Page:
13.0 is a major new release. It contains a new administration interface and major new functionality.
The new administrators interface
At Untangle, we're all about making an elegent and simple solution. Networking is hard and complicated, and making it "easy" can be difficult. We're always trying to innovate to make things easier and more intuitive. While the old administrator interface was great, and the best in the industry in our opinions, but we found that we needed to rethink some things in order to continue to innovate.
To address this we reimplemented the UI using the newest extjs library in a true MVC architecture. This will provide a better platform to continue to innovate.
There are already some big improvements that will benefit everyday administrators of Untangle:
The new UI loads faster, renders faster, and is quicker to respond.
Untangle now uses "URL Routing" has a few benefits. Access parts of the interface directly (like https://IP/admin/index#/config/about). You can now use the back button like a regular web application. For example, In Apps you can click on "Web Filter" and then click "back" to go back to Apps.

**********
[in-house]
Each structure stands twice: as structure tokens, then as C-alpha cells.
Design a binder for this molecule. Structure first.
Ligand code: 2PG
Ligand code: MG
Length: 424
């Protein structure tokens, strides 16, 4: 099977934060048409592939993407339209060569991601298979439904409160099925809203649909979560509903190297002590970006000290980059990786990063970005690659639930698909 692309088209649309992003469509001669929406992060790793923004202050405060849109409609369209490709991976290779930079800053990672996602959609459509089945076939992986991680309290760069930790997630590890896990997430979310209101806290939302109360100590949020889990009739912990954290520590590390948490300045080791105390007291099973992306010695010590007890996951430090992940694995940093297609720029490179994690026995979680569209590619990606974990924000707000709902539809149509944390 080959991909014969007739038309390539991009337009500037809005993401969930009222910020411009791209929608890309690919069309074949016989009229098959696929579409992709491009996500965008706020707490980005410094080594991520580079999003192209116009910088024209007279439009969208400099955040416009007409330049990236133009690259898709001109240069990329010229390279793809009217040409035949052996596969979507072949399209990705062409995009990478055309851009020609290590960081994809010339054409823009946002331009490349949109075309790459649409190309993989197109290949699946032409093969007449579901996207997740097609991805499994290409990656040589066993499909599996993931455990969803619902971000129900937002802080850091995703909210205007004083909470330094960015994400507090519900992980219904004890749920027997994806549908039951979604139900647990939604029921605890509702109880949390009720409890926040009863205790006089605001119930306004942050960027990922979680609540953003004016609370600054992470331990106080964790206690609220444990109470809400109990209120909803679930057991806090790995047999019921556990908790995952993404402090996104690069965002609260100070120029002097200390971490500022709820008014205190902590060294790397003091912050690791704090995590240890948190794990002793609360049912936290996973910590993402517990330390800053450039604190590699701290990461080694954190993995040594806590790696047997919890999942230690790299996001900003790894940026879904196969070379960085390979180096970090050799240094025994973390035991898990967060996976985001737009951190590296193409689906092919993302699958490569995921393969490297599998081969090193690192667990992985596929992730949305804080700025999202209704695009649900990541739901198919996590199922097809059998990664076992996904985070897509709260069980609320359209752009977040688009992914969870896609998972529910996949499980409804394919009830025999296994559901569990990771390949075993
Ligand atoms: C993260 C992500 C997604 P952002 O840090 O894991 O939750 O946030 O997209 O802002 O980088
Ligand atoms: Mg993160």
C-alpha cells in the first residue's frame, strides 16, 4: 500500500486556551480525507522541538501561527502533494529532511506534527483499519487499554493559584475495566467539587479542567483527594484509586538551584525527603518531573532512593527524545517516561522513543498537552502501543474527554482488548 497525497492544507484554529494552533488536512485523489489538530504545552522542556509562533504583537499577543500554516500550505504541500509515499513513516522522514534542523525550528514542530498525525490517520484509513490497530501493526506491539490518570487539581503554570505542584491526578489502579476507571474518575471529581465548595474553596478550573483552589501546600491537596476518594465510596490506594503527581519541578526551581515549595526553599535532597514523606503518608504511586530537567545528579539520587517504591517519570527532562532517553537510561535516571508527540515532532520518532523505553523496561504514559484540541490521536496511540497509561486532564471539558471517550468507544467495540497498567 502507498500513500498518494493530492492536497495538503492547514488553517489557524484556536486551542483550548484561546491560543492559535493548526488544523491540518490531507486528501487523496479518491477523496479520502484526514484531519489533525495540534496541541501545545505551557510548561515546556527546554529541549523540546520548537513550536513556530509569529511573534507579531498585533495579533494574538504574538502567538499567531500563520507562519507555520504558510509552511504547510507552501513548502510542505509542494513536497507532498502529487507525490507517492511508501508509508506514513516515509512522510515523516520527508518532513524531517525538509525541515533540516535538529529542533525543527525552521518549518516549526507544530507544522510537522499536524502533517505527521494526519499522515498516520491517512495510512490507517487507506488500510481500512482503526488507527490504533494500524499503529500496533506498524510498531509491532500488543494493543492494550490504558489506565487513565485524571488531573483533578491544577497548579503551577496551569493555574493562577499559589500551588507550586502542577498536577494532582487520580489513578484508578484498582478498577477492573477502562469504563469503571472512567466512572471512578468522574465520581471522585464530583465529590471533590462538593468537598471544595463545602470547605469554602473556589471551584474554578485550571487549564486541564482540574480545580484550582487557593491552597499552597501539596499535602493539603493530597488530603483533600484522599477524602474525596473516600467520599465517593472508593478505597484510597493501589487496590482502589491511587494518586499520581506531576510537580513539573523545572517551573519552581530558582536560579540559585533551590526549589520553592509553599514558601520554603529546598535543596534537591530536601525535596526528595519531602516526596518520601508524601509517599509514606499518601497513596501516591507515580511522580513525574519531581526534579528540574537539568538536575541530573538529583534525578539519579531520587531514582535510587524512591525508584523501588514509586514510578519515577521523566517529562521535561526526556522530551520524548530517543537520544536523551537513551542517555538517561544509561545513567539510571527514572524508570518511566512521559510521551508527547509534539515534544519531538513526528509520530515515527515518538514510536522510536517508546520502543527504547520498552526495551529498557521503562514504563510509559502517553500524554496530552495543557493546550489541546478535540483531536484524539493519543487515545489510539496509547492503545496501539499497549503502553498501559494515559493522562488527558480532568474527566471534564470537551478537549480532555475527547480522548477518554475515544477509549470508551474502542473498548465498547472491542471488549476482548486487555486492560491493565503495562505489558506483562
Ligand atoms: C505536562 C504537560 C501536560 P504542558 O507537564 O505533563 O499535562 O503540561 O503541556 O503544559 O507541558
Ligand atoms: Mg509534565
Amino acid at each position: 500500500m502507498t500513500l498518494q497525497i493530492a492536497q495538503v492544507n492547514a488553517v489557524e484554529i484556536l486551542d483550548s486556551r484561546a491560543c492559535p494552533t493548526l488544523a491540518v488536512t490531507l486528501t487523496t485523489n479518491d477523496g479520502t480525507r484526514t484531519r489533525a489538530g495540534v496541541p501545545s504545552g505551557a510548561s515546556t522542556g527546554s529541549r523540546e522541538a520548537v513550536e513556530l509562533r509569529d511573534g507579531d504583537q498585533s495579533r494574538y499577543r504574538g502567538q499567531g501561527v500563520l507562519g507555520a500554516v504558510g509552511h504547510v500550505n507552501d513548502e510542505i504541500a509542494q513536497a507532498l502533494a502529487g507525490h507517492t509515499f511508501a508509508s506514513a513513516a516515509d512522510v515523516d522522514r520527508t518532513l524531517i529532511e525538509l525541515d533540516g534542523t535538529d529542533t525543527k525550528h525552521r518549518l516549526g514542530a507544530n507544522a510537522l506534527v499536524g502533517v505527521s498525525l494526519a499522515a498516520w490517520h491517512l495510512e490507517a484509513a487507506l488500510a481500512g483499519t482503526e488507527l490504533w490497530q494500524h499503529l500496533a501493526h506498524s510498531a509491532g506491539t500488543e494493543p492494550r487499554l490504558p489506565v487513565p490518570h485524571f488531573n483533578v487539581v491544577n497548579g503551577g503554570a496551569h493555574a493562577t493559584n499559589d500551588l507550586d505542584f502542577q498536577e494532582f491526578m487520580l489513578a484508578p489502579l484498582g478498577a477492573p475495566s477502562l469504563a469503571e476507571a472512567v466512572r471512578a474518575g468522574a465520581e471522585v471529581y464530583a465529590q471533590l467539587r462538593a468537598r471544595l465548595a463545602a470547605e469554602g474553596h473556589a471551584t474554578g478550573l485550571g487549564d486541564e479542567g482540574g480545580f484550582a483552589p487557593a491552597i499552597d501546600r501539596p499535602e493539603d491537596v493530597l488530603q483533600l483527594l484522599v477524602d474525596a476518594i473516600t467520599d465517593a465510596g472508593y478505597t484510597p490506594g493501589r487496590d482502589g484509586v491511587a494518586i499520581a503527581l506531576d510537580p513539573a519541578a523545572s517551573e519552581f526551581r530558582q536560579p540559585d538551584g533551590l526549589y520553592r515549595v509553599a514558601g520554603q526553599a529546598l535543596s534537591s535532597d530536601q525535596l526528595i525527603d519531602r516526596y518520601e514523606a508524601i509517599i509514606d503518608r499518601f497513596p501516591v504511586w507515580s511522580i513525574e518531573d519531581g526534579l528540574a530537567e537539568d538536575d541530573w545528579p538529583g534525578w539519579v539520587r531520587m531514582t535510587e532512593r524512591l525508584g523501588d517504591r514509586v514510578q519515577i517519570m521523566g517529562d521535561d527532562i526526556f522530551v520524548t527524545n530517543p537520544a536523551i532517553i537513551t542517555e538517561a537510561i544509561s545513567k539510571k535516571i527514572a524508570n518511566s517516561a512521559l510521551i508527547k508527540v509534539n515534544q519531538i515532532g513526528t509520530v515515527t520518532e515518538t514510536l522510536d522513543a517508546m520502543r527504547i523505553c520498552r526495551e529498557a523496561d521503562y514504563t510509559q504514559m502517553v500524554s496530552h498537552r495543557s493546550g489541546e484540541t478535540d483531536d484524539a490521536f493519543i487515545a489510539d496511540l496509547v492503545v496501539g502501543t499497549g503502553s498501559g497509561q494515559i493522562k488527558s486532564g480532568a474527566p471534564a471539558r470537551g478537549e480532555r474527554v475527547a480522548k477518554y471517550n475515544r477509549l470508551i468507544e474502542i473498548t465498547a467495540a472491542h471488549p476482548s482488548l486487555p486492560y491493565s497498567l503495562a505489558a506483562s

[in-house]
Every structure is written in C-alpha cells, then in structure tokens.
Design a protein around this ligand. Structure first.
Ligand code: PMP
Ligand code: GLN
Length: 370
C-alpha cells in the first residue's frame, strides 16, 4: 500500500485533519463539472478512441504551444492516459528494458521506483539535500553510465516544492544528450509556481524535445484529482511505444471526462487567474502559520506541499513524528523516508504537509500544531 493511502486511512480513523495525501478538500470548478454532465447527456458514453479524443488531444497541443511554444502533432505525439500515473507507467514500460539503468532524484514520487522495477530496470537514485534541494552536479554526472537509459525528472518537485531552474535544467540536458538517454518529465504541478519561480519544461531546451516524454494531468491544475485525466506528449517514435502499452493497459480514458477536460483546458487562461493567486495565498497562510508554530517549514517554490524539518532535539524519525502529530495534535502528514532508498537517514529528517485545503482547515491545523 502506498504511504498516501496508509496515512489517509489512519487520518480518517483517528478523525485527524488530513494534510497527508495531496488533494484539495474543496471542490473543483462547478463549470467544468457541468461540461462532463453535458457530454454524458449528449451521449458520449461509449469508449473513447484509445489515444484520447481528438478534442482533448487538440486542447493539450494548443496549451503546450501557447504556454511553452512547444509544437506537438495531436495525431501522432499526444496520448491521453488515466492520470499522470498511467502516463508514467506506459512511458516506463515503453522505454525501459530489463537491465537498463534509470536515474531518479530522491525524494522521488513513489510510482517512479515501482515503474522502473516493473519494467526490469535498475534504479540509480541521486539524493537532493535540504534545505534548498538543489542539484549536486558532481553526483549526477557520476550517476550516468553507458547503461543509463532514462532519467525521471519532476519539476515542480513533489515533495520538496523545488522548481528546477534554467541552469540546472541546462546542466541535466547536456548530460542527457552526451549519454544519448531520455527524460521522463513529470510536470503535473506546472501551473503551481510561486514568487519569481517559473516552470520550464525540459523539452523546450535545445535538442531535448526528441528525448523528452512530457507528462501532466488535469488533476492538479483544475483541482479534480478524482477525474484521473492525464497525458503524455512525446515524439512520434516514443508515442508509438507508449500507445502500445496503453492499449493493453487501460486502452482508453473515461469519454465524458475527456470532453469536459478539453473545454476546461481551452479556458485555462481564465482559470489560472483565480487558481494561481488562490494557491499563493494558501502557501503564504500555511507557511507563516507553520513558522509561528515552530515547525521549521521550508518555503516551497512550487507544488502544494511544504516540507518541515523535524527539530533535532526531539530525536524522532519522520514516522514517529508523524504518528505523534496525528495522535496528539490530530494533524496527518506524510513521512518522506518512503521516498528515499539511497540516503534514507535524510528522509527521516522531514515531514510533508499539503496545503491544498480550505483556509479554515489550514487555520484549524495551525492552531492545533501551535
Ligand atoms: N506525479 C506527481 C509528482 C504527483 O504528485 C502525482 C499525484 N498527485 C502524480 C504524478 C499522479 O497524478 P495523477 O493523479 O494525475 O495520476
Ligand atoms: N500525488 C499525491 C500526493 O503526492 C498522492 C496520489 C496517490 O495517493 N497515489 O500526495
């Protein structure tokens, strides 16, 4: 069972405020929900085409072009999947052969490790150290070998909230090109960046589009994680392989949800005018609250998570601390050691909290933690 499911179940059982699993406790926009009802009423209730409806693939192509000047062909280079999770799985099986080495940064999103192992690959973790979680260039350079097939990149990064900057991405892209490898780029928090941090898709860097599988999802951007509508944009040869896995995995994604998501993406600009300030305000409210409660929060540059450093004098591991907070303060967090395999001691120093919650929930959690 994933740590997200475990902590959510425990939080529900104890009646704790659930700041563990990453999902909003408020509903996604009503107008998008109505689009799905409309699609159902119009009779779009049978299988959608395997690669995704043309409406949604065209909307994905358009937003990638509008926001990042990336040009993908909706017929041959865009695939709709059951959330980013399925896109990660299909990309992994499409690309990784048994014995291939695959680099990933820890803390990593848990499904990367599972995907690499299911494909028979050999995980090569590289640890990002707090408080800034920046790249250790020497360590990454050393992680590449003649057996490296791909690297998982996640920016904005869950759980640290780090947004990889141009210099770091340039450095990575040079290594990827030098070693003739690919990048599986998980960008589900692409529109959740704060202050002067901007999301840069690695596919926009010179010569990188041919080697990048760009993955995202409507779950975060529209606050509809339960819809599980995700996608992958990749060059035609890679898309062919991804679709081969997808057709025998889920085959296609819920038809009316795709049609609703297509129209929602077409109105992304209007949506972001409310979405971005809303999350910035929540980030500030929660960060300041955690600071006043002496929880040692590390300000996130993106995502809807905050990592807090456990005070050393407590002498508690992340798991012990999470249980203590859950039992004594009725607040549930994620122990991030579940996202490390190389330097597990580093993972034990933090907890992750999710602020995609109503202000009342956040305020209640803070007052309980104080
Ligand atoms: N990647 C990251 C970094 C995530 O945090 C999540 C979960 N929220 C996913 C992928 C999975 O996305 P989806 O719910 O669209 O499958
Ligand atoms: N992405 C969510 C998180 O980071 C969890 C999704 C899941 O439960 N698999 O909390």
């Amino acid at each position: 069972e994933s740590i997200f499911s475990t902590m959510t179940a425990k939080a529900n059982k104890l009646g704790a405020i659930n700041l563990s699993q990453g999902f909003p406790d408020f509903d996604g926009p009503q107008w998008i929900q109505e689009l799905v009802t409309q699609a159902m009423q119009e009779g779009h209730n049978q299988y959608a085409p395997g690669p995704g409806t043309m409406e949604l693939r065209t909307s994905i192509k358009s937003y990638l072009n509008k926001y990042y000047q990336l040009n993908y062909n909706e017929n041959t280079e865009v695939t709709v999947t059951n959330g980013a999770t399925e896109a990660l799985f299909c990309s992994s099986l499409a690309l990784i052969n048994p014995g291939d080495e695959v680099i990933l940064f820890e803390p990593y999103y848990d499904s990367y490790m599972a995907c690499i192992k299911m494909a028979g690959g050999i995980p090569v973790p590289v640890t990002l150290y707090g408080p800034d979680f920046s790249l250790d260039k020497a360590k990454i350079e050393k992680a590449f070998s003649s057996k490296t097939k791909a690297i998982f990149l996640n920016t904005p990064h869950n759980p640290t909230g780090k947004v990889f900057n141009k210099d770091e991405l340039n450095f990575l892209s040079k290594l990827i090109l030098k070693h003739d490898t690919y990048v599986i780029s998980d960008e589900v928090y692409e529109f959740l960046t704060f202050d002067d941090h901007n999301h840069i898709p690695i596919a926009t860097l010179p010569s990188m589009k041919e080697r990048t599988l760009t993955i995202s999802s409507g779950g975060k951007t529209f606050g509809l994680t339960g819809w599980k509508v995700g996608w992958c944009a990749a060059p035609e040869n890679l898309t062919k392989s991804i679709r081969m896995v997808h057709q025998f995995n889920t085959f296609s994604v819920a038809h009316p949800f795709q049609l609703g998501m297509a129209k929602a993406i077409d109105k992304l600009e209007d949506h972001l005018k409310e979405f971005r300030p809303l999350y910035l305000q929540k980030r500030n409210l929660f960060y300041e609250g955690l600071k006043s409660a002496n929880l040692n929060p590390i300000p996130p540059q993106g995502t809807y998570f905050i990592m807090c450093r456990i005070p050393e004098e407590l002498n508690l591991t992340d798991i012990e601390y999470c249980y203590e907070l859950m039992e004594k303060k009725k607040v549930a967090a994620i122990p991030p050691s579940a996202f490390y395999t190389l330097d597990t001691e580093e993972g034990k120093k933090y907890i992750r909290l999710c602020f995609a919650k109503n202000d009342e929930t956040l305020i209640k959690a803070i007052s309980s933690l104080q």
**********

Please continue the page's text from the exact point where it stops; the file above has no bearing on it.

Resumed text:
Usage of most "modal" windows has been removed so it behaves more like a typical web application instead of a thick application. This will take some getting used to by long term users, but once you do you won't want to go back.
Rule building is essential to configuring Untangle. The new rule builder should be faster and easier.
The dashboard and charts and customized reporting are now cleaner and simpler.
The new default skin is no longer the "rack" but the simplified view. The old "rack" will still be available via the skin, but the new default will be the "simple" skin for a cleaner more modern look and feel.
There are dozens and dozens of major improvements that the new architecture now enables.
Untangle has new queueing algorithms to eliminate bufferbloat. Bufferbloat is poor latency caused by excess buffering in networking equipment.